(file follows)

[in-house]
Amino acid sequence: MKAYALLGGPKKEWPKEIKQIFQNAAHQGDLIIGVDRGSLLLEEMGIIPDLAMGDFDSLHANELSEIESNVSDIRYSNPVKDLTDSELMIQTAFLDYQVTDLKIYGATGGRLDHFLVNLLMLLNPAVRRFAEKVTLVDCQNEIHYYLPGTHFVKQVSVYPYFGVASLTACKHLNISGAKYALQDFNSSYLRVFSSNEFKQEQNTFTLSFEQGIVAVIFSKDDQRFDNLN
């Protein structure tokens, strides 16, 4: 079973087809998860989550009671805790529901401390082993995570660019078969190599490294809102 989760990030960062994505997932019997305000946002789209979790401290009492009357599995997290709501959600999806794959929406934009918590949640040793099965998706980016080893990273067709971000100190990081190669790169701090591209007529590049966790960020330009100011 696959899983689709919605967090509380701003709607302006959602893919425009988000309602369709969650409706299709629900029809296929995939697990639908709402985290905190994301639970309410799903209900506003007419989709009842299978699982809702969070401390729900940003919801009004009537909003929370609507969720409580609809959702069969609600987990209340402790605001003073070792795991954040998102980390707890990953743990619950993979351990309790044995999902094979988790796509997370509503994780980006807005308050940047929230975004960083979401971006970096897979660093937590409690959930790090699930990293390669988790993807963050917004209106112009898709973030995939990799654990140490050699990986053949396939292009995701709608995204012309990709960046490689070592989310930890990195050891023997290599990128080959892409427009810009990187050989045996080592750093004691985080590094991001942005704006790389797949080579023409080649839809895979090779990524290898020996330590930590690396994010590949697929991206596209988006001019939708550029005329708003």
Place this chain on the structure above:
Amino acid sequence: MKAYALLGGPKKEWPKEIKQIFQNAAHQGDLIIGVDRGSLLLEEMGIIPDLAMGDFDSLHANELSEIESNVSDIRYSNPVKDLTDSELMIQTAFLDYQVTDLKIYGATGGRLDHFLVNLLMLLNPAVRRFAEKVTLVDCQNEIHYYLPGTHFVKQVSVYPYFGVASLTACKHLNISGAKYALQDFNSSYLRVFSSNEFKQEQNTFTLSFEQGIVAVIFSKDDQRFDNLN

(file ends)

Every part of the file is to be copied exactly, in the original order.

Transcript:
[in-house]
Amino acid sequence: MKAYALLGGPKKEWPKEIKQIFQNAAHQGDLIIGVDRGSLLLEEMGIIPDLAMGDFDSLHANELSEIESNVSDIRYSNPVKDLTDSELMIQTAFLDYQVTDLKIYGATGGRLDHFLVNLLMLLNPAVRRFAEKVTLVDCQNEIHYYLPGTHFVKQVSVYPYFGVASLTACKHLNISGAKYALQDFNSSYLRVFSSNEFKQEQNTFTLSFEQGIVAVIFSKDDQRFDNLN
């Protein structure tokens, strides 16, 4: 079973087809998860989550009671805790529901401390082993995570660019078969190599490294809102 989760990030960062994505997932019997305000946002789209979790401290009492009357599995997290709501959600999806794959929406934009918590949640040793099965998706980016080893990273067709971000100190990081190669790169701090591209007529590049966790960020330009100011 696959899983689709919605967090509380701003709607302006959602893919425009988000309602369709969650409706299709629900029809296929995939697990639908709402985290905190994301639970309410799903209900506003007419989709009842299978699982809702969070401390729900940003919801009004009537909003929370609507969720409580609809959702069969609600987990209340402790605001003073070792795991954040998102980390707890990953743990619950993979351990309790044995999902094979988790796509997370509503994780980006807005308050940047929230975004960083979401971006970096897979660093937590409690959930790090699930990293390669988790993807963050917004209106112009898709973030995939990799654990140490050699990986053949396939292009995701709608995204012309990709960046490689070592989310930890990195050891023997290599990128080959892409427009810009990187050989045996080592750093004691985080590094991001942005704006790389797949080579023409080649839809895979090779990524290898020996330590930590690396994010590949697929991206596209988006001019939708550029005329708003």
Place this chain on the structure above:
Amino acid sequence: MKAYALLGGPKKEWPKEIKQIFQNAAHQGDLIIGVDRGSLLLEEMGIIPDLAMGDFDSLHANELSEIESNVSDIRYSNPVKDLTDSELMIQTAFLDYQVTDLKIYGATGGRLDHFLVNLLMLLNPAVRRFAEKVTLVDCQNEIHYYLPGTHFVKQVSVYPYFGVASLTACKHLNISGAKYALQDFNSSYLRVFSSNEFKQEQNTFTLSFEQGIVAVIFSKDDQRFDNLN